Education funding formula, voucher expansion and computer science are topics of interest in state budget 

By EILEEN O’GRADY

Monitor staff

Published: 02-15-2023 7:12 PM

Education took a central role in Gov. Chris Sununu’s budget priorities for the next two years, with changes to the school funding formula and support to boost computer science and a civics curriculum. 

In his budget address to the state legislature Tuesday, Sununu announced a plan to adjust New Hampshire’s long-critiqued school funding formula to increase the amount that the state contributes to education and reduce the amount that local property taxpayers contribute. The plan is to increase the base aid rate the state gives to districts per student by 25% and the Free and Reduced meal aid rate by 30%. The budget would also phase in targeted aid to “property-poor” towns to increase school funding by 2% annually.

“Right now the education funding formula is overly complicated and fundamentally imbalanced, creating an unspent surplus each year,” Sununu said. “This proposal simplifies things.”

As the vast majority of New Hampshire’s education funding comes from property taxes, critics say schools in “property-poor” districts are not equal with schools in “property-rich” communities, which violates the state Constitution. The pending “Con Val” lawsuit filed in 2019 argues that the state’s per-pupil funding isn’t enough, while another lawsuit filed in June 2022 argues the state relies too much on local taxpayers to provide education funding.

On Tuesday Zack Sheehan, project director at the N.H. School Funding Fairness Project, called Sununu’s budget proposal a “step in the right direction” but said the amount of state funding proposed doesn’t fully alleviate the high percentage taxpayers must contribute.

“A permanent, ongoing increase to base adequacy and targeted aid to school districts with more students eligible for free or reduced-price lunch will help students and taxpayers in every school district, especially districts with the most need,” Sheehan said. “While this is a step in the right direction, there are opportunities to target funding even more to the communities that need it most, like restoring fiscal capacity disparity aid which helps communities with the lowest property values and highest taxes.”

Sununu’s budget proposes an additional $200 million to school districts over the next two years, with priority towards school districts that need it most. Sununu said the funding will also be used for charter schools and it would double the amount available in the Education Freedom Accounts program, which allows low-income students to use state funding to pay for private school.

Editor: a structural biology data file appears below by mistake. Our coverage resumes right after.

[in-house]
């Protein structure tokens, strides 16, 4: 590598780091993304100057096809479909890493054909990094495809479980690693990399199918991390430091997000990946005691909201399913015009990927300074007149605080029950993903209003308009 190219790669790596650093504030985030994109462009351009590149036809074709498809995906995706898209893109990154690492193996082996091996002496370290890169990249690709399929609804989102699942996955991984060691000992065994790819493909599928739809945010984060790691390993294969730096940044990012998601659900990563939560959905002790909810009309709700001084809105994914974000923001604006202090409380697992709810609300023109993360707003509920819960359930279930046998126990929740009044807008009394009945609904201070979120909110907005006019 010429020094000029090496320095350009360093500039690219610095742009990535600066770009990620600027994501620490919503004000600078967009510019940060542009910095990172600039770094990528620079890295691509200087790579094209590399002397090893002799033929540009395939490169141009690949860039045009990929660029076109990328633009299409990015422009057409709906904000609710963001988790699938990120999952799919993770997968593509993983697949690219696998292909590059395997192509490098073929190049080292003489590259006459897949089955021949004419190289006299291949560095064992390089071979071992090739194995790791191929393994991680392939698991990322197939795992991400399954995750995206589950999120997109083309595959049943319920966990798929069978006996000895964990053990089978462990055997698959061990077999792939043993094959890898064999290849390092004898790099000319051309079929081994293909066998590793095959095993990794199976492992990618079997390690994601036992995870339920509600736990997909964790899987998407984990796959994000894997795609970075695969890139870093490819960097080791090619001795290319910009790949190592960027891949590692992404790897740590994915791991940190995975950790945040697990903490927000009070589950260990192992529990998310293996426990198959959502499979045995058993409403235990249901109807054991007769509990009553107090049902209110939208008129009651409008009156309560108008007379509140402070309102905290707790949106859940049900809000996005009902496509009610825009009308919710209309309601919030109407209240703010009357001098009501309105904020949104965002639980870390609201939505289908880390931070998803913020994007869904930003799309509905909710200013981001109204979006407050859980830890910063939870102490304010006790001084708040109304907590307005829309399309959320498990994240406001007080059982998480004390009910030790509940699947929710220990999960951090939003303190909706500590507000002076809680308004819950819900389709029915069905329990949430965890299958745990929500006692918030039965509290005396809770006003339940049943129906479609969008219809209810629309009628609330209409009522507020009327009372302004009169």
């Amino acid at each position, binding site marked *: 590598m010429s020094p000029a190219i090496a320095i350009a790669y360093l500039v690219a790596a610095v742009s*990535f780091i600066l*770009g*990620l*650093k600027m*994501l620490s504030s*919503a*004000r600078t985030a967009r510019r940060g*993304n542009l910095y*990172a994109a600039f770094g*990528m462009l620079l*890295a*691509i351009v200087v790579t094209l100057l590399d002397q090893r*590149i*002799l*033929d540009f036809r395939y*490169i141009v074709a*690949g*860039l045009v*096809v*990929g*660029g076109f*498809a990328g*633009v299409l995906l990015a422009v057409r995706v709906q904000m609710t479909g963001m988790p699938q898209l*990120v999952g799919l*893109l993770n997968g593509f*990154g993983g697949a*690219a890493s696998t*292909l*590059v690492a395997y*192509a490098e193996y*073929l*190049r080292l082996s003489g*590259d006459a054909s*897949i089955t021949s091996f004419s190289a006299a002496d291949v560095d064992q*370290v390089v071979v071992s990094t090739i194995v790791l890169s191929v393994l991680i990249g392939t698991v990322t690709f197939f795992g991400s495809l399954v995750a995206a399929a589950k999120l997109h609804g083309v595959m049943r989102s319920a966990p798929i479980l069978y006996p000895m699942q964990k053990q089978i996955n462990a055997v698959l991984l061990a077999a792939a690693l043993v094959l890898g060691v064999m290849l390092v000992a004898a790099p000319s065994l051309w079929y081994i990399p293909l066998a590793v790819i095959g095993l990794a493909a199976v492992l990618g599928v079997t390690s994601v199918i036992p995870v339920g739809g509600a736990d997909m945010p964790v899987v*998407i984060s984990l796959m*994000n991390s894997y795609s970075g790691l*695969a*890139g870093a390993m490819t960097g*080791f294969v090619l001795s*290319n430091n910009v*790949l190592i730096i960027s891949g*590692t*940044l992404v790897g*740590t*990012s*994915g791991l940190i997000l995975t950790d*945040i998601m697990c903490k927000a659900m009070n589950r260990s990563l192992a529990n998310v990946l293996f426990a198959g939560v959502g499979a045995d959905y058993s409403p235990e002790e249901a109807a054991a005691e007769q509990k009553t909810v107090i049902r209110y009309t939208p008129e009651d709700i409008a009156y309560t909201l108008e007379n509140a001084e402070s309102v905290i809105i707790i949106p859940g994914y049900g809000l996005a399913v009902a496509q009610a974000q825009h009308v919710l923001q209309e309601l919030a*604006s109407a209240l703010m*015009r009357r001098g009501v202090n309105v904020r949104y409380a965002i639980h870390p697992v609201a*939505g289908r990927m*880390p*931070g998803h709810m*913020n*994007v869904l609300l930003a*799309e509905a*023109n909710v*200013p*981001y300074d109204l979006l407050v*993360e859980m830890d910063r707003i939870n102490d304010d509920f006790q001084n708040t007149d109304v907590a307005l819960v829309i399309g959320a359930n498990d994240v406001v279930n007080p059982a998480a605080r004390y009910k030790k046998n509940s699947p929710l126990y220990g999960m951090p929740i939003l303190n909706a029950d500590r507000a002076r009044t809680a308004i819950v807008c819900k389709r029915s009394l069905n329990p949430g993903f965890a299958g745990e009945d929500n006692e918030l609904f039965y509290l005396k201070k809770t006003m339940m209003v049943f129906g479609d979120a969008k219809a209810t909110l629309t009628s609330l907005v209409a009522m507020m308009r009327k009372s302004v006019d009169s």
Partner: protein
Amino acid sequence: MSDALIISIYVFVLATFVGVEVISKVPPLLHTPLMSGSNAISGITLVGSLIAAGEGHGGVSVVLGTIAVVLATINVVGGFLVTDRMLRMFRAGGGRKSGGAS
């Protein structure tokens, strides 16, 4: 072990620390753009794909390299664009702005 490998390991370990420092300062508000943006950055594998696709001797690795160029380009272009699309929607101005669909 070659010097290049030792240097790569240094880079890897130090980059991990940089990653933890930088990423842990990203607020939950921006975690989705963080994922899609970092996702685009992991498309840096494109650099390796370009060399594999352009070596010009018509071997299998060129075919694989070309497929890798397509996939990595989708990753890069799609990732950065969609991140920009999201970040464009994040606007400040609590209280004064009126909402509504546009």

A lawsuit filed in December 2022 over Education Freedom Accounts argued that using public money to fund private schools is unconstitutional.

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“Critics say these programs have grown too large,” Sununu said. “To them, I say this: when a new door of opportunity is opened and our citizens race through it in record numbers, that is not an out-of-control system – that is government finally working.”

Sununu also unveiled a proposal Tuesday to allocate  $5 million for a new initiative to increase computer science curriculums in schools. The money would fund a free credentialing system and pay incentives to new computer science teachers, and to implement a FIRST Robotics program in every middle and high school.

“There is absolutely no job of the future that will not rely on computers or computer science in some form,” Sununu  said. “...I believe that computer science virtually guarantees that anyone with those skills won’t end up in poverty.”

Sununu is proposing $2 million to develop and update a New Hampshire-based civics curriculum for students. New Hampshire’s only social studies curriculum framework is from 2006, despite a state law requiring the standards to be updated every 10 years. The state’s Department of Education was in the process of updating the social studies standards when the pandemic hit in March 2020, according to the department, and the project was put on hold.

“I believe understanding our system encourages participation in our system,” Sununu said. “We need to maintain our example for America with our community-based approach to government and community.”

In addition, Sununu announced funding from the budget will be used to construct a statue of the late teacher and astronaut Christa McAuliffe at the State House.

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